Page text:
@CinBlueland  By the way, what's the derivation of the expression, "the guy was a pogue"?  I can guess what you mean from context, of course.  I don't think I've heard it before.  Any special meaning?

CinBlueland
CinBlueland topcommenter

Just a little context, you're aware that an "average" Marine could drop you from 300 to 500 meters? How many of us go off the Res as it were? You're in far more danger from a local banger who likes to spray and pray.

swmnguy
swmnguy topcommenter

@CinBlueland I think you're being a little touchy here, Cin.  That this guy did a hitch in the Marines is parenthetical to the story, in reality and in presentation.  This guy actually fits the profile, to a T, of the kids the Marines recruit relentlessly in small towns.  Athletic, competitive, marginally connected to family and friends; tendency toward risk-taking, trouble-making and violence.  

I knew a half-dozen guys at least who came to the end of high school and you wondered, are they going to get to Marine Boot Camp before they get put in jail/prison?  In the small town, the Marine recruiter would actually go to court with the young defendant, and as long as the charges weren't too heinous or overly publicized (and any victims were of a lower social status), a deal would be worked out where charges would be suspended conditionally, as long as the kid actually went to Boot Camp and stayed in the Corps (and out of town) for a set period of time.

Hey, it worked more often that it didn't.  For most young men in rural areas, if you're not college material, after high school sports are over there is no socially acceptable outlet for violence and adventure.  Either join the service, or get married, or drink heavily and wind up in jail.

Most of the guys i remember wanted to be in the Marines because the Marine recruiters really laid it on thick.  Of the guys who went that route, I remember a couple who washed out, but even that was good for them because as they said, "I used to think I knew what sucked, but after Marine boot camp I can tell you I had no idea."

And then of course there was Steve Jenkins/Anderson, who was so crazy the Marines wouldn't take him.  You can Google how he turned out.

CinBlueland
CinBlueland topcommenter

@lenti Like the Columbine, Colorado, Sandy Hook killers?  Nothing personal, just bugs me when Marines are dragged into these things.. Texas, and in theory JFK, OK, but if you're going report on this junk, then start attaching gang affliations as well.


CinBlueland
CinBlueland topcommenter

@swmnguy @CinBlueland In short, he was not a line troop. I'm not going to try and buff myself up... Just go to your local VFW.

CinBlueland
CinBlueland topcommenter

@swmnguy @CinBlueland swmnguy, was this the 70's?

Marine recruiting standards jumped pretty high in the 80s/90's. The jail or Marines option was out. 99% of the guys I served with were educated, and motivated. Yes a great way to see the world, but when the call came we came. 

Recruiters laying it on thick?? I know they have quotas but mine said "If you join you will see combat" How thick is that?

Sorry about being defensive, we/they give their all. Nothing is asked for in return.

swmnguy
swmnguy topcommenter

@CinBlueland  Actually, Cin, this guy's gang affiliations are far more central to this story as told here than his record in the Marines.  And the story makes it very clear that none of his fellow Marines were exactly fans of his.

swmnguy
swmnguy topcommenter

@CinBlueland  You don't have to apologize to me about anything.  Yes, I was referring to the guys I knew growing up in the 70s, but also well into the 80s.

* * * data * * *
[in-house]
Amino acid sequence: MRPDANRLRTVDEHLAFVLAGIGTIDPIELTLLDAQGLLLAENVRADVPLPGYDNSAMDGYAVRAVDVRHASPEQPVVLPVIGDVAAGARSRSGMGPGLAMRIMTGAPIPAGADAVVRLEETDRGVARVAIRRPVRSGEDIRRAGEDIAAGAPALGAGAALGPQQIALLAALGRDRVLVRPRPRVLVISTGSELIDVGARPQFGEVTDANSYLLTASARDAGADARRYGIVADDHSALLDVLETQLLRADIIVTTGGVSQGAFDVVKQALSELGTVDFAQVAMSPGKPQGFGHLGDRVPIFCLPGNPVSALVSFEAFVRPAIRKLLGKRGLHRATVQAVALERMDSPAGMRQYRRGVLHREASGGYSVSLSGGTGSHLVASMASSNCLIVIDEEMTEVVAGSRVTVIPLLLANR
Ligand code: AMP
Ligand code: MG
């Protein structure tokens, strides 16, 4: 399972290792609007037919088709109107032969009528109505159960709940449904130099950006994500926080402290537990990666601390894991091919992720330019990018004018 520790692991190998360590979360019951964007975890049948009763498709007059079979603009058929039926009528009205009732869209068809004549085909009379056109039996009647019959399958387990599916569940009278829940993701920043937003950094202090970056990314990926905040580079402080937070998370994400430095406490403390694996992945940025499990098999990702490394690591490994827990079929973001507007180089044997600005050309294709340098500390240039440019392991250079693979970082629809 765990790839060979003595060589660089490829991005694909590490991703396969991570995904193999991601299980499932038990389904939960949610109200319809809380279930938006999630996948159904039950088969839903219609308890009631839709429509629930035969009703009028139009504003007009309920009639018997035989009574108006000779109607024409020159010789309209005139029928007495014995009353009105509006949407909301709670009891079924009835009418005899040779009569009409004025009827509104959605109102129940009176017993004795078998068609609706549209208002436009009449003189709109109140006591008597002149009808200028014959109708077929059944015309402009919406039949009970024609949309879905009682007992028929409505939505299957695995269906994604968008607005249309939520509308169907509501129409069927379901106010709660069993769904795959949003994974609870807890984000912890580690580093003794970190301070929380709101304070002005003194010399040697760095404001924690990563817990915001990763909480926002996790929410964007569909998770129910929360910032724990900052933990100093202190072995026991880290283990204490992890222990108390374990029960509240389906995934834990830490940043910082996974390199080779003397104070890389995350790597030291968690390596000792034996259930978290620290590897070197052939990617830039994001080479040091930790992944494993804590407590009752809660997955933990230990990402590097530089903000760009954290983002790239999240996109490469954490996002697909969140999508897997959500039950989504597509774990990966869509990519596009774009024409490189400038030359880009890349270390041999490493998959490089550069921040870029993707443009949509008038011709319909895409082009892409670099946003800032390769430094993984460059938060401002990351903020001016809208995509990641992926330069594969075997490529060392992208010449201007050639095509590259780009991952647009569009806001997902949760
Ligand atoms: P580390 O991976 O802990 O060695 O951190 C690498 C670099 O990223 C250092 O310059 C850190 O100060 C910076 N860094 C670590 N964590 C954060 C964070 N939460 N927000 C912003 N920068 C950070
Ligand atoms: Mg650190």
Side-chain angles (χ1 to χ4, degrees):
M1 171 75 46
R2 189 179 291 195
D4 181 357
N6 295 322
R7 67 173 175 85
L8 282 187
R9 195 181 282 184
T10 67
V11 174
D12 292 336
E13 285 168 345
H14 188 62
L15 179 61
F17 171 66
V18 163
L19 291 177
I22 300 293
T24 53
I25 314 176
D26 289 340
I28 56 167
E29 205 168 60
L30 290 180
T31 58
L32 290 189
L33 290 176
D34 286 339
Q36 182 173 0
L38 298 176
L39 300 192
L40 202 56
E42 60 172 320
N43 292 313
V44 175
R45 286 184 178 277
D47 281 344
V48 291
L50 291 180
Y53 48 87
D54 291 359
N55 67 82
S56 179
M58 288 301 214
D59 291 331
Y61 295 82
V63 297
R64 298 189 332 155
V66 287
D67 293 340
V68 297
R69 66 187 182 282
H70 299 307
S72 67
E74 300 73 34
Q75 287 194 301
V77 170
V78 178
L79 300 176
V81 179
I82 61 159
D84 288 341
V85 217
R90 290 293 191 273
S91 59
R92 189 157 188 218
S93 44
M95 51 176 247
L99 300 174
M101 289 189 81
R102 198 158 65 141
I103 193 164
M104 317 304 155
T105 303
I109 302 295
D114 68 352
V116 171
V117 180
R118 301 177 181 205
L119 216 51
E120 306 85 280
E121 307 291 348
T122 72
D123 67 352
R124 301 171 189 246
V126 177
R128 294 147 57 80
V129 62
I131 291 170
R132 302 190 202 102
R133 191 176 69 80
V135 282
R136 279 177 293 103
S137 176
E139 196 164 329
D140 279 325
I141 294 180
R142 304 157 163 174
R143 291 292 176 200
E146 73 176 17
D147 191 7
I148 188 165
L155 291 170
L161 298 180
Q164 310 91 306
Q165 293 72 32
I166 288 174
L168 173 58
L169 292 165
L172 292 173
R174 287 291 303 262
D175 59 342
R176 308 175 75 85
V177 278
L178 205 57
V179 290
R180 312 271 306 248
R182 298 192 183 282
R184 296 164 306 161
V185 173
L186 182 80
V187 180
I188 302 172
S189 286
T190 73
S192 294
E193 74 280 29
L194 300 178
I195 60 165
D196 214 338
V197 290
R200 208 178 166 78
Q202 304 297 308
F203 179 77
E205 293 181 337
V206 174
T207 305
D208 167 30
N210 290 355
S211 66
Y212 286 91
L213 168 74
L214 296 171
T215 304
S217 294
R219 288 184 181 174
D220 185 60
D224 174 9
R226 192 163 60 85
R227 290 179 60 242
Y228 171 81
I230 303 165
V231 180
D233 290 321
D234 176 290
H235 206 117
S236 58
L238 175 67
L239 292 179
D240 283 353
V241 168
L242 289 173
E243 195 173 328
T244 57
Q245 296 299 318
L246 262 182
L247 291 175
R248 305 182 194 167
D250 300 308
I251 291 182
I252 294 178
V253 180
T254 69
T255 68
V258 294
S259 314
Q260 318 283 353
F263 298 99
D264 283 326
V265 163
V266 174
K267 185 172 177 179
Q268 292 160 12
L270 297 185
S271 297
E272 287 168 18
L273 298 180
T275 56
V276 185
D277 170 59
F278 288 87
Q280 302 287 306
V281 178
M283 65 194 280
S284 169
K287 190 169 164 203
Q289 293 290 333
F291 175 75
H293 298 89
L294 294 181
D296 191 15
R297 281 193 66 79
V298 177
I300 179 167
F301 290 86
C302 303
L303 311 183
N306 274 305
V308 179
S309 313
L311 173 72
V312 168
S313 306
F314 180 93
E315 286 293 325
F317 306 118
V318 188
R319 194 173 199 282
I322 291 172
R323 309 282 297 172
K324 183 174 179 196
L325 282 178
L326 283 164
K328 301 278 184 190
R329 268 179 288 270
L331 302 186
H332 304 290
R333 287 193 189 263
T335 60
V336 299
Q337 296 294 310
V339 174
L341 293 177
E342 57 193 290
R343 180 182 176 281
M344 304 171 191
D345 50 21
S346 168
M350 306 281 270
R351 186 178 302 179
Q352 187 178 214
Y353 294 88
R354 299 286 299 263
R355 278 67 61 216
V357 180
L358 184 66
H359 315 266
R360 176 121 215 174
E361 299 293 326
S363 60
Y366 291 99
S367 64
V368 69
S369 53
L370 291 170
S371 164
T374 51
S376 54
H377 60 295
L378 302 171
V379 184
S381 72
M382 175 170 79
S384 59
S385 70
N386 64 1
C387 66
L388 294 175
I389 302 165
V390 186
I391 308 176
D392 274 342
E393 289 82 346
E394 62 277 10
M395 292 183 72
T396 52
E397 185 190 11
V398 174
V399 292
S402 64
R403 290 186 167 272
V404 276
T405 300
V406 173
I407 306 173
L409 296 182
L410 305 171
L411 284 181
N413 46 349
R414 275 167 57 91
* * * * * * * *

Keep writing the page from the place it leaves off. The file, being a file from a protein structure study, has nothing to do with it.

The guys who wanted to join the Marines wanted to see combat.  That was why they were interested in the first place.  The guys considered losers, or less-motivated, usually chose the Army.  There were exceptions; I knew a couple guys who seemed like top-shelf recruits who went into the Army because they were 4th generation or something like that.

In farm country when i was a kid, no recruiter had much trouble meeting a quota.  Rural America has been in a Depression for about 40 years, in many ways.

The story made it very clear to my eye that this guy was in no way a good Marine. When you say, "we/they give their all," I don't think we're talking about the guy in this story.  I did not take this guy as any reflection whatsoever on the Marine Corps, or the military in general.

I do think you're being overly sensitive about it, and I also do not think you need to apologize to me about it.  There are things I'm overly sensitive about myself and I don't think I need to apologize about that.

CrosstoBear
CrosstoBear

@CinBlueland @swmnguy Sorry, but that is absolute nonsense. I am a Vietnam veteran, honorably discharged from The United States Marine Corps in 1971. From then on I referred to myself, and was warmly referred to by others, as an ex-Marine. I went on to college under the GI bill, then to the military medical school, USUHS--- always referred to as an ex-Marine by my classmates, most of whom were active duty line officers before they entered USUHS. Later, as a USN Medical Officer, I served two years at the USMC Mountain Warfare Training Center in Northern California, and then four years at Marine Corps Base, Camp Pendleton. Every single active duty Marine I had contact with referred to me as an ex-Marine. Every single Marine retiree I had contact referred to himself as an ex-Marine.


The "former" qualifier came into use much later, and as far as I can tell is, for some bizarre and arbitrary reason, considered 'politically correct'. The term former Marine is fine if you choose to use it. However, I will not be corrected but whippersnappers who were not even born yet when I was, again, honorably, discharged from the Corps. 

CinBlueland
CinBlueland topcommenter

@swmnguy You may hear trash talk about the Suck.. Still not your place to comment.. Unless you've served and did your time.. Your comments mean nothing. Do a little homework on Ex vs Former Marine


 
Minnesota Concert Tickets
Loading...